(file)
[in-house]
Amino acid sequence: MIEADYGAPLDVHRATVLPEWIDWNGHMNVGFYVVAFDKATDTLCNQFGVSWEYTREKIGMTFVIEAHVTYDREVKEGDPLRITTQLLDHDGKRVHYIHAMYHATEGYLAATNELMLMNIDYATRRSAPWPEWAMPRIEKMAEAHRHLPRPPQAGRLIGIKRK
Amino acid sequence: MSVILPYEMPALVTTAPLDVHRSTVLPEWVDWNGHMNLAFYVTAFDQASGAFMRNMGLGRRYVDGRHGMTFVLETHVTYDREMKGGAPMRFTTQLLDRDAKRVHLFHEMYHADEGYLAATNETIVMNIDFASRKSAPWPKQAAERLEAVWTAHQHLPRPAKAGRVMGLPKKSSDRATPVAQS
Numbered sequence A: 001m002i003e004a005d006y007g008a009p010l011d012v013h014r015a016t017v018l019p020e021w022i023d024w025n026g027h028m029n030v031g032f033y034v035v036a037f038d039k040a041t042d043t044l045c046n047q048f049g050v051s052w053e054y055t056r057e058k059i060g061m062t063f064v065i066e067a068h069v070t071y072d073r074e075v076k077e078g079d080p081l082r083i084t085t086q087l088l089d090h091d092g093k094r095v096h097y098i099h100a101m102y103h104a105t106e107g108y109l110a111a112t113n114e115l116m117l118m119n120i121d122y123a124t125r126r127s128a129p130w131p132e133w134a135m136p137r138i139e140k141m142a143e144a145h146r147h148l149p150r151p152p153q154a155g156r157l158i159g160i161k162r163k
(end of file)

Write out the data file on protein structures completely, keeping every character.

[in-house]
Amino acid sequence: MIEADYGAPLDVHRATVLPEWIDWNGHMNVGFYVVAFDKATDTLCNQFGVSWEYTREKIGMTFVIEAHVTYDREVKEGDPLRITTQLLDHDGKRVHYIHAMYHATEGYLAATNELMLMNIDYATRRSAPWPEWAMPRIEKMAEAHRHLPRPPQAGRLIGIKRK
Amino acid sequence: MSVILPYEMPALVTTAPLDVHRSTVLPEWVDWNGHMNLAFYVTAFDQASGAFMRNMGLGRRYVDGRHGMTFVLETHVTYDREMKGGAPMRFTTQLLDRDAKRVHLFHEMYHADEGYLAATNETIVMNIDFASRKSAPWPKQAAERLEAVWTAHQHLPRPAKAGRVMGLPKKSSDRATPVAQS
Numbered sequence A: 001m002i003e004a005d006y007g008a009p010l011d012v013h014r015a016t017v018l019p020e021w022i023d024w025n026g027h028m029n030v031g032f033y034v035v036a037f038d039k040a041t042d043t044l045c046n047q048f049g050v051s052w053e054y055t056r057e058k059i060g061m062t063f064v065i066e067a068h069v070t071y072d073r074e075v076k077e078g079d080p081l082r083i084t085t086q087l088l089d090h091d092g093k094r095v096h097y098i099h100a101m102y103h104a105t106e107g108y109l110a111a112t113n114e115l116m117l118m119n120i121d122y123a124t125r126r127s128a129p130w131p132e133w134a135m136p137r138i139e140k141m142a143e144a145h146r147h148l149p150r151p152p153q154a155g156r157l158i159g160i161k162r163k